Flying high: like airlines, universities take us where we need to be
Marnie Hughes-Warrington on why we don’t need two ERAs
Accounting for casuals in Australian public sector universities
Tim Winkler’s three big lessons from weekends lost at virtual open days
Tomorrow and tomorrow and tomorrow …
SCU will see your open day and raise you 25
Southern Cross U announces open-month. Apparently, the 26-day event, “overcomes the hassle of squeezing everything in one day.”
Plus, “because all sessions are on-line you can check out the university’s campuses, courses and student life from anywhere in Australia.”
So, convenient for people who want to study on-line at SCU, but can’t cross a border, or leave the house.
There’s more in the Mail
Research funding crisis: imminent and enormous
Larkins and Marshman estimate international student fee decline means $4.2bn less for research and 4 600 FTE jobs gone by 2024
In Features this morning Frank Larkins and Ian Marshman explain how it could happen and what it will mean, especially for the research Big Five.
Overall, they warn; “stated baldly, Australia cannot afford the loss of more than 4 600 from its R&D workforce. At a time when increased national resilience, capability and self-sufficiency have become paramount national priorities, such a loss would amount to a national tragedy.”
How VU wants to manage staff cuts
The university says concessions from staff can reduce redundancies
Vice Chancellor Peter Dawkins warned the university workforce yesterday that VU could have to cut “about” 190 FTE over the next 18 months, to repair COVID-19 caused losses. But staff agreeing to “an enterprise agreement variation” could reduce the cut to “no more than 100 FTE,” which “we hope will be possible through a voluntary separation program and other balanced employment related mitigations.”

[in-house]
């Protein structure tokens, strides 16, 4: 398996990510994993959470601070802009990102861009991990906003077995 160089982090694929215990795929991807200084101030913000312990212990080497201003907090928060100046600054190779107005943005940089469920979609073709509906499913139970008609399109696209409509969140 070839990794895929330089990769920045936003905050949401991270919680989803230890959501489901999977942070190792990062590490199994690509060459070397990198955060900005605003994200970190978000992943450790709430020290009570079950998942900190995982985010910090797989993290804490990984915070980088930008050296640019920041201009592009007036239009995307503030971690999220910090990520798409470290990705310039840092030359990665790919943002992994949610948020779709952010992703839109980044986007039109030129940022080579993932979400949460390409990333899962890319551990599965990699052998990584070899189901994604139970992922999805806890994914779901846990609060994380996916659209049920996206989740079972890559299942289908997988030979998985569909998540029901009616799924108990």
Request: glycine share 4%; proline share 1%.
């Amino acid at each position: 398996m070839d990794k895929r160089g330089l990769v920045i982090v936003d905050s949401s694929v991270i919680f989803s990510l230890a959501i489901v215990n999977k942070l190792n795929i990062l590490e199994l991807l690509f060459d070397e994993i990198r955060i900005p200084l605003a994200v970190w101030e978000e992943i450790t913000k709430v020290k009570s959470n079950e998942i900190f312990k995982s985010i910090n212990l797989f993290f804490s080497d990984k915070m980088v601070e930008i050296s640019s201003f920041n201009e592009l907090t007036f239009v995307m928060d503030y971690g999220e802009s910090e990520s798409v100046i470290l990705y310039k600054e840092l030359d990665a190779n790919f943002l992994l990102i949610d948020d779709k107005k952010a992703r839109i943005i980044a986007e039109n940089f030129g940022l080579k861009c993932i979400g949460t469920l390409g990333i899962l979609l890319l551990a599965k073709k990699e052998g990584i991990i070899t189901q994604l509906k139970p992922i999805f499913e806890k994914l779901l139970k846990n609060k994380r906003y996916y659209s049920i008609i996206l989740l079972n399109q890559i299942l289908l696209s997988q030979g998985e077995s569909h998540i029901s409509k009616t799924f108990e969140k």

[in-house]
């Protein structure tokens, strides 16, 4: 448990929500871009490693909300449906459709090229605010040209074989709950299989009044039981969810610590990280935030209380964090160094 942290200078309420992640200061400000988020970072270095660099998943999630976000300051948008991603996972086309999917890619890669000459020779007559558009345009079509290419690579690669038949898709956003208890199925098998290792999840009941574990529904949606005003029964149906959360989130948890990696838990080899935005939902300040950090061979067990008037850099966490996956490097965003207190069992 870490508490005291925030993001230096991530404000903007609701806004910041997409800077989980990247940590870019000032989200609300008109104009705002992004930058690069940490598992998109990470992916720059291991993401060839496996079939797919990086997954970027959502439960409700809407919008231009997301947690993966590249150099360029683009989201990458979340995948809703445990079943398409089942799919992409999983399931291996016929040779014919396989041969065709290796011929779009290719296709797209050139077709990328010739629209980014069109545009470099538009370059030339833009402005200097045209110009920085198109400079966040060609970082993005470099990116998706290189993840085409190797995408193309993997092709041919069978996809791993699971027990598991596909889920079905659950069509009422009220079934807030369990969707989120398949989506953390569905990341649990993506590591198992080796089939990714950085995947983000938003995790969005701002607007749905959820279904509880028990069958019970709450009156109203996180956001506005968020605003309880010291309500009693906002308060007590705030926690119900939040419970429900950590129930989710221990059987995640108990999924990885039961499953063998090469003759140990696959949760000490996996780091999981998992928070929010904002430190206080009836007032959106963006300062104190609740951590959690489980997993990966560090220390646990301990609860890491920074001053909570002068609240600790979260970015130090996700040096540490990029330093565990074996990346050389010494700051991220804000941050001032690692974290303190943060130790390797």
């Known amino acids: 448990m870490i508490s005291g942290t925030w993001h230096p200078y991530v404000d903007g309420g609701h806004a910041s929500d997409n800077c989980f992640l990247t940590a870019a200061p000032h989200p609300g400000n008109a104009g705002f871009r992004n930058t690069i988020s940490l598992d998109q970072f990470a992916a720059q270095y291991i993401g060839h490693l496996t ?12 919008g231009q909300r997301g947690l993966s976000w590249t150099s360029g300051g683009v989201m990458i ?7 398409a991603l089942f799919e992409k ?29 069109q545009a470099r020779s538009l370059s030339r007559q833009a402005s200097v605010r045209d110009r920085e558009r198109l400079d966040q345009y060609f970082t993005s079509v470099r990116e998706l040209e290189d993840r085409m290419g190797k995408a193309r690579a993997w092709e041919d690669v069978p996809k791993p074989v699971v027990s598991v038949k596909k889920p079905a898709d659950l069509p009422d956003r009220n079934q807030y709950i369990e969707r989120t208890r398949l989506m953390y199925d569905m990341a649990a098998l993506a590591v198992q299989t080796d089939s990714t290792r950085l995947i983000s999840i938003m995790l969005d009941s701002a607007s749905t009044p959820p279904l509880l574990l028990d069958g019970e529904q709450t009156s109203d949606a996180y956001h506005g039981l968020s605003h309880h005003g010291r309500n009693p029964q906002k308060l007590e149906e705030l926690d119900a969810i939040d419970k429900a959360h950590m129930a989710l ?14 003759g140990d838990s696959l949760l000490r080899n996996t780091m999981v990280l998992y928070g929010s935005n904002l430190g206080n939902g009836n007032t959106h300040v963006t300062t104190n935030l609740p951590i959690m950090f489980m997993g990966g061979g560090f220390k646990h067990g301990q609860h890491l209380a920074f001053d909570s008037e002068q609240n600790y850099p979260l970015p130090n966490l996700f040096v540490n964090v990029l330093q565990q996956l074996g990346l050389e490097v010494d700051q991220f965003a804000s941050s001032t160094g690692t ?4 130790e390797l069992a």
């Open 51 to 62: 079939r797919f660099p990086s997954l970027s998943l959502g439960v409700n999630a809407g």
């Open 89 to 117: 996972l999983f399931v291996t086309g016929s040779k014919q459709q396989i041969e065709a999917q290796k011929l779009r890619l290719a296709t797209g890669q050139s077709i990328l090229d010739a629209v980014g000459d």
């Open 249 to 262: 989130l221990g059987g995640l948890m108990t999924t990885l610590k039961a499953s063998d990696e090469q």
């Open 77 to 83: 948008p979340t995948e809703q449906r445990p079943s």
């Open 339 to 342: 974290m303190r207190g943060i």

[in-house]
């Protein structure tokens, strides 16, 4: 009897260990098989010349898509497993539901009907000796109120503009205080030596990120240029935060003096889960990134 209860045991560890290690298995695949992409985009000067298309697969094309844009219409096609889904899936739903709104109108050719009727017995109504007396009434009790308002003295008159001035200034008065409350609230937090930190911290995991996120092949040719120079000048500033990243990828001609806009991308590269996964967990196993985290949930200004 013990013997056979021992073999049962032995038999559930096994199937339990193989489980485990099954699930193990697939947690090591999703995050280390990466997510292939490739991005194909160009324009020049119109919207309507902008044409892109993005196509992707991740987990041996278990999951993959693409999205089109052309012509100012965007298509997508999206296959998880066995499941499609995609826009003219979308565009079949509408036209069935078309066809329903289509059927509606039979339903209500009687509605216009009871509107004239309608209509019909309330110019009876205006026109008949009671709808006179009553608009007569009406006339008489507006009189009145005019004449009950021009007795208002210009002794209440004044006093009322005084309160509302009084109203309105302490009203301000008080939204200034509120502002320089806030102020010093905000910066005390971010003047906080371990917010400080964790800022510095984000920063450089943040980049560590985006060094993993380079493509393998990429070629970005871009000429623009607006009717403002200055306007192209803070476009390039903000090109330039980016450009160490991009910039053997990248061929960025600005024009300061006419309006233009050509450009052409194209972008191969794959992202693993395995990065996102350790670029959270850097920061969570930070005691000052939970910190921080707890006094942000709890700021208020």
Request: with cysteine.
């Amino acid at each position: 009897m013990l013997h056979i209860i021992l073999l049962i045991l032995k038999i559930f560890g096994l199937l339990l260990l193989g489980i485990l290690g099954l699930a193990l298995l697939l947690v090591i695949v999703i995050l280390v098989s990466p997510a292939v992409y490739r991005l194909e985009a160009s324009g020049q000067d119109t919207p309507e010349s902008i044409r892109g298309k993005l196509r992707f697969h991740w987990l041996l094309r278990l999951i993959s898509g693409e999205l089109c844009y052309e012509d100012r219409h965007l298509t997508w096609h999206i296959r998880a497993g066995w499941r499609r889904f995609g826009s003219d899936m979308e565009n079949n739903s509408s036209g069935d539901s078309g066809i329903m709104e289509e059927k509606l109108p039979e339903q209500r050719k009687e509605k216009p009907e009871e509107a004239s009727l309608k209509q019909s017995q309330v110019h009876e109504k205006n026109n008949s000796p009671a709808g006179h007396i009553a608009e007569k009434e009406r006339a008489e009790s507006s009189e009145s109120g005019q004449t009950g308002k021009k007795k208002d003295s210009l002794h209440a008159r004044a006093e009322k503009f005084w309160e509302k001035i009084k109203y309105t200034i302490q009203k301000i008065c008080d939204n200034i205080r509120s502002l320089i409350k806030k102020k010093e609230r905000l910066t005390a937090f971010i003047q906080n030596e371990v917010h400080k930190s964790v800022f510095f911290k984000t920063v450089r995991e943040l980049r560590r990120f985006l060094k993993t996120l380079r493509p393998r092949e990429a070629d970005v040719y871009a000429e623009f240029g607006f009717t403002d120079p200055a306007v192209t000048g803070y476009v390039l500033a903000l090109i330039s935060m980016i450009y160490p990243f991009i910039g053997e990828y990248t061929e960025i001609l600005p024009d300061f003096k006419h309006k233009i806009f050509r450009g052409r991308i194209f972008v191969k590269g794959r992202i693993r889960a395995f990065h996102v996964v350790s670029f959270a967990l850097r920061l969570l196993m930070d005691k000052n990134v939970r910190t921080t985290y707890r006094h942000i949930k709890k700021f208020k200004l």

Professor Dawkins did not spell out what in the EA would need varying, but last week mentioned talks with the National Tertiary Education Union on a job protection framework. (CMM August 6). He said yesterday that, “I will let you know you, as soon as possible, if we think that an enterprise agreement variation is going to be achievable.”
Given outcomes at universities across the country, an agreement with the NTEU national leadership, using its job protection framework seems possible. Problem is, a meeting of VU union members on Friday voted against any agreement that constrains conditions and stops pay rises (CMM August 10). These are generally these are the basis of job protection accords.
Talking-up a “strong future” for international ed
They’re indefatigable optimists at the Australian Technology Network
The ATN is convening a three-day event, “to elevate discussion about the importance of Australia’s international education sector across a range of industries and sectors.”
The on-line seminars will be addressed by industry experts, policy persons and commentators across the economy. There’s no final programme but it’s set for September 21-23.
Learnings for feedback in on-line learning
A Deakin U seminar sets out how-to
BY MICHAEL SANKEY
The CRADLE research group at Deakin University ran a stunning seminar on Tuesday afternoon that attracted in excess of 500 participants, not to mention those who have been engaging with the YouTube record that so far has over 730.
The session looked at higher education’s rapid shift to on-line teaching, learning and assessment and the many new opportunities and challenges this presents.
The panel explored the evolving nature of feedback in on-line learning, from technology and dialogue to the feedback process and on-line exams.